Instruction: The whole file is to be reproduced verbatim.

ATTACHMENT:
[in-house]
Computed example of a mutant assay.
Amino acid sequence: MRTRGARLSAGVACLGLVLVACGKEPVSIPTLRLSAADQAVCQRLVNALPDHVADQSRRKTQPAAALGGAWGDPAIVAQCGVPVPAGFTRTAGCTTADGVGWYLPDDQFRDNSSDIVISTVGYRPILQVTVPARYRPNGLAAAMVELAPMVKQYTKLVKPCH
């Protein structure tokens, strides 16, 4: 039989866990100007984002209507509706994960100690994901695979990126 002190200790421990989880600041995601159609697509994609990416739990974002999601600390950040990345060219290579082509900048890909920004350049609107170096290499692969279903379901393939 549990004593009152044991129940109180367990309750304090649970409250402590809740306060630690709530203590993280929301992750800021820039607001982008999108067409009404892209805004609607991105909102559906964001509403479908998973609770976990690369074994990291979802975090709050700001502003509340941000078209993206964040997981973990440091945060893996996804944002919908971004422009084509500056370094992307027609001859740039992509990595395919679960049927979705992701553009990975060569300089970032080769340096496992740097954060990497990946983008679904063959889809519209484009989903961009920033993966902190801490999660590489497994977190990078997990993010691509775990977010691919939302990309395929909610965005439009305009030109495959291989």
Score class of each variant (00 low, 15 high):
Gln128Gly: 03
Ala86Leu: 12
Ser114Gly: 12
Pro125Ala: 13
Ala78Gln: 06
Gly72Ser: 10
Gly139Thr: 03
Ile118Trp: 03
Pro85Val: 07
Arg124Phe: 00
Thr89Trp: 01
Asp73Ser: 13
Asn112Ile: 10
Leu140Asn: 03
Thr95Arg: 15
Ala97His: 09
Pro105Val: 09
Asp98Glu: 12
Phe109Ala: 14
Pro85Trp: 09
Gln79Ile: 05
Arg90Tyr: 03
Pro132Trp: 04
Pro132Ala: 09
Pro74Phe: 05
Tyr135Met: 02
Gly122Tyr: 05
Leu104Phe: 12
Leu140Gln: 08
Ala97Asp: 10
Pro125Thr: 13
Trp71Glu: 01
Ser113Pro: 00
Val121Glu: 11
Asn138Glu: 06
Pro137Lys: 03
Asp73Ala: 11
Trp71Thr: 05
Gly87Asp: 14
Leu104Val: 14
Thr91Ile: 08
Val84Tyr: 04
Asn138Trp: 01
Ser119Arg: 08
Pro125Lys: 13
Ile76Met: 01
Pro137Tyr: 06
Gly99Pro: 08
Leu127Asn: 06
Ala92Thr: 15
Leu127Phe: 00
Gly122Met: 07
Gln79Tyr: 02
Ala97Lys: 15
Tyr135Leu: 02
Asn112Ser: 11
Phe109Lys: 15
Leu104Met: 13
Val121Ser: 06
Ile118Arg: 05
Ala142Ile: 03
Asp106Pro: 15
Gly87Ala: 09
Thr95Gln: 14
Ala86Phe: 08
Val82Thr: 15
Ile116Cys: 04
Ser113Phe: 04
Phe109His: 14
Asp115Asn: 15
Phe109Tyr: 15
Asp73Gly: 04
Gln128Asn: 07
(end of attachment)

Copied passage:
[in-house]
Computed example of a mutant assay.
Amino acid sequence: MRTRGARLSAGVACLGLVLVACGKEPVSIPTLRLSAADQAVCQRLVNALPDHVADQSRRKTQPAAALGGAWGDPAIVAQCGVPVPAGFTRTAGCTTADGVGWYLPDDQFRDNSSDIVISTVGYRPILQVTVPARYRPNGLAAAMVELAPMVKQYTKLVKPCH
């Protein structure tokens, strides 16, 4: 039989866990100007984002209507509706994960100690994901695979990126 002190200790421990989880600041995601159609697509994609990416739990974002999601600390950040990345060219290579082509900048890909920004350049609107170096290499692969279903379901393939 549990004593009152044991129940109180367990309750304090649970409250402590809740306060630690709530203590993280929301992750800021820039607001982008999108067409009404892209805004609607991105909102559906964001509403479908998973609770976990690369074994990291979802975090709050700001502003509340941000078209993206964040997981973990440091945060893996996804944002919908971004422009084509500056370094992307027609001859740039992509990595395919679960049927979705992701553009990975060569300089970032080769340096496992740097954060990497990946983008679904063959889809519209484009989903961009920033993966902190801490999660590489497994977190990078997990993010691509775990977010691919939302990309395929909610965005439009305009030109495959291989």
Score class of each variant (00 low, 15 high):
Gln128Gly: 03
Ala86Leu: 12
Ser114Gly: 12
Pro125Ala: 13
Ala78Gln: 06
Gly72Ser: 10
Gly139Thr: 03
Ile118Trp: 03
Pro85Val: 07
Arg124Phe: 00
Thr89Trp: 01
Asp73Ser: 13
Asn112Ile: 10
Leu140Asn: 03
Thr95Arg: 15
Ala97His: 09
Pro105Val: 09
Asp98Glu: 12
Phe109Ala: 14
Pro85Trp: 09
Gln79Ile: 05
Arg90Tyr: 03
Pro132Trp: 04
Pro132Ala: 09
Pro74Phe: 05
Tyr135Met: 02
Gly122Tyr: 05
Leu104Phe: 12
Leu140Gln: 08
Ala97Asp: 10
Pro125Thr: 13
Trp71Glu: 01
Ser113Pro: 00
Val121Glu: 11
Asn138Glu: 06
Pro137Lys: 03
Asp73Ala: 11
Trp71Thr: 05
Gly87Asp: 14
Leu104Val: 14
Thr91Ile: 08
Val84Tyr: 04
Asn138Trp: 01
Ser119Arg: 08
Pro125Lys: 13
Ile76Met: 01
Pro137Tyr: 06
Gly99Pro: 08
Leu127Asn: 06
Ala92Thr: 15
Leu127Phe: 00
Gly122Met: 07
Gln79Tyr: 02
Ala97Lys: 15
Tyr135Leu: 02
Asn112Ser: 11
Phe109Lys: 15
Leu104Met: 13
Val121Ser: 06
Ile118Arg: 05
Ala142Ile: 03
Asp106Pro: 15
Gly87Ala: 09
Thr95Gln: 14
Ala86Phe: 08
Val82Thr: 15
Ile116Cys: 04
Ser113Phe: 04
Phe109His: 14
Asp115Asn: 15
Phe109Tyr: 15
Asp73Gly: 04
Gln128Asn: 07